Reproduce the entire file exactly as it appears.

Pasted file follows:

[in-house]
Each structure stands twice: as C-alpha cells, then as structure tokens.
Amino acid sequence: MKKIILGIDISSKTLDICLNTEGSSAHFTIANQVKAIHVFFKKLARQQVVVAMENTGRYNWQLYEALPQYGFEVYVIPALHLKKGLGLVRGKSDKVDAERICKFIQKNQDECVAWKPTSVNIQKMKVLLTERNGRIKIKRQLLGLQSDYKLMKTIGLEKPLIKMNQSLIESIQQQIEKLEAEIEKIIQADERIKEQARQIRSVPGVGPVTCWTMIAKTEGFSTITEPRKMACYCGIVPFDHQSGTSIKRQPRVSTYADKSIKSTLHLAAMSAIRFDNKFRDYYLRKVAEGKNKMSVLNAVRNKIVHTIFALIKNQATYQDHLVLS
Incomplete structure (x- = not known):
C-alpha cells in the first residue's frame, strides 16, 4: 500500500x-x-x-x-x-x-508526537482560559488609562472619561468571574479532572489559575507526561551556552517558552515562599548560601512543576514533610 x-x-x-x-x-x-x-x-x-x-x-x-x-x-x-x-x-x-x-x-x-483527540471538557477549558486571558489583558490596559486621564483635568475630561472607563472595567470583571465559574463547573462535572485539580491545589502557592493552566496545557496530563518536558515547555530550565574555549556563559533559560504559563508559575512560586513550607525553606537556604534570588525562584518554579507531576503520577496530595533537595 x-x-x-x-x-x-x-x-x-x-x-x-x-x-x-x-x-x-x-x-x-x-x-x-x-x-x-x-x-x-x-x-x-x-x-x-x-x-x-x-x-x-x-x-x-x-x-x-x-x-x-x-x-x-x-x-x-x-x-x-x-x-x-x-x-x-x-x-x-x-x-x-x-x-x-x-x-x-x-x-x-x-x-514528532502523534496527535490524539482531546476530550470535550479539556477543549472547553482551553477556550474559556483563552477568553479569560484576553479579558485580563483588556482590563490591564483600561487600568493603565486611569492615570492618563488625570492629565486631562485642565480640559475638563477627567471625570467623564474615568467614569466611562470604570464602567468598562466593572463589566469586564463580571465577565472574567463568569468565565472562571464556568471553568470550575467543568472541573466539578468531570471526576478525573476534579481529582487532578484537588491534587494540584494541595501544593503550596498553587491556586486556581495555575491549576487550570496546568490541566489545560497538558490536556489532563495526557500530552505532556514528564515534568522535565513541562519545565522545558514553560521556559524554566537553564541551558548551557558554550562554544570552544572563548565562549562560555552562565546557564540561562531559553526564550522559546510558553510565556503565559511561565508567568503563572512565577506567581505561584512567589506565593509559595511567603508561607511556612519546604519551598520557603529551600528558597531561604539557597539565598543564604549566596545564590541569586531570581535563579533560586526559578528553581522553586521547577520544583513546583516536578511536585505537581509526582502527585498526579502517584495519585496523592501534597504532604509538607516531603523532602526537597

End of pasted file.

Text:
[in-house]
Each structure stands twice: as C-alpha cells, then as structure tokens.
Amino acid sequence: MKKIILGIDISSKTLDICLNTEGSSAHFTIANQVKAIHVFFKKLARQQVVVAMENTGRYNWQLYEALPQYGFEVYVIPALHLKKGLGLVRGKSDKVDAERICKFIQKNQDECVAWKPTSVNIQKMKVLLTERNGRIKIKRQLLGLQSDYKLMKTIGLEKPLIKMNQSLIESIQQQIEKLEAEIEKIIQADERIKEQARQIRSVPGVGPVTCWTMIAKTEGFSTITEPRKMACYCGIVPFDHQSGTSIKRQPRVSTYADKSIKSTLHLAAMSAIRFDNKFRDYYLRKVAEGKNKMSVLNAVRNKIVHTIFALIKNQATYQDHLVLS
Incomplete structure (x- = not known):
C-alpha cells in the first residue's frame, strides 16, 4: 500500500x-x-x-x-x-x-508526537482560559488609562472619561468571574479532572489559575507526561551556552517558552515562599548560601512543576514533610 x-x-x-x-x-x-x-x-x-x-x-x-x-x-x-x-x-x-x-x-x-483527540471538557477549558486571558489583558490596559486621564483635568475630561472607563472595567470583571465559574463547573462535572485539580491545589502557592493552566496545557496530563518536558515547555530550565574555549556563559533559560504559563508559575512560586513550607525553606537556604534570588525562584518554579507531576503520577496530595533537595 x-x-x-x-x-x-x-x-x-x-x-x-x-x-x-x-x-x-x-x-x-x-x-x-x-x-x-x-x-x-x-x-x-x-x-x-x-x-x-x-x-x-x-x-x-x-x-x-x-x-x-x-x-x-x-x-x-x-x-x-x-x-x-x-x-x-x-x-x-x-x-x-x-x-x-x-x-x-x-x-x-x-x-514528532502523534496527535490524539482531546476530550470535550479539556477543549472547553482551553477556550474559556483563552477568553479569560484576553479579558485580563483588556482590563490591564483600561487600568493603565486611569492615570492618563488625570492629565486631562485642565480640559475638563477627567471625570467623564474615568467614569466611562470604570464602567468598562466593572463589566469586564463580571465577565472574567463568569468565565472562571464556568471553568470550575467543568472541573466539578468531570471526576478525573476534579481529582487532578484537588491534587494540584494541595501544593503550596498553587491556586486556581495555575491549576487550570496546568490541566489545560497538558490536556489532563495526557500530552505532556514528564515534568522535565513541562519545565522545558514553560521556559524554566537553564541551558548551557558554550562554544570552544572563548565562549562560555552562565546557564540561562531559553526564550522559546510558553510565556503565559511561565508567568503563572512565577506567581505561584512567589506565593509559595511567603508561607511556612519546604519551598520557603529551600528558597531561604539557597539565598543564604549566596545564590541569586531570581535563579533560586526559578528553581522553586521547577520544583513546583516536578511536585505537581509526582502527585498526579502517584495519585496523592501534597504532604509538607516531603523532602526537597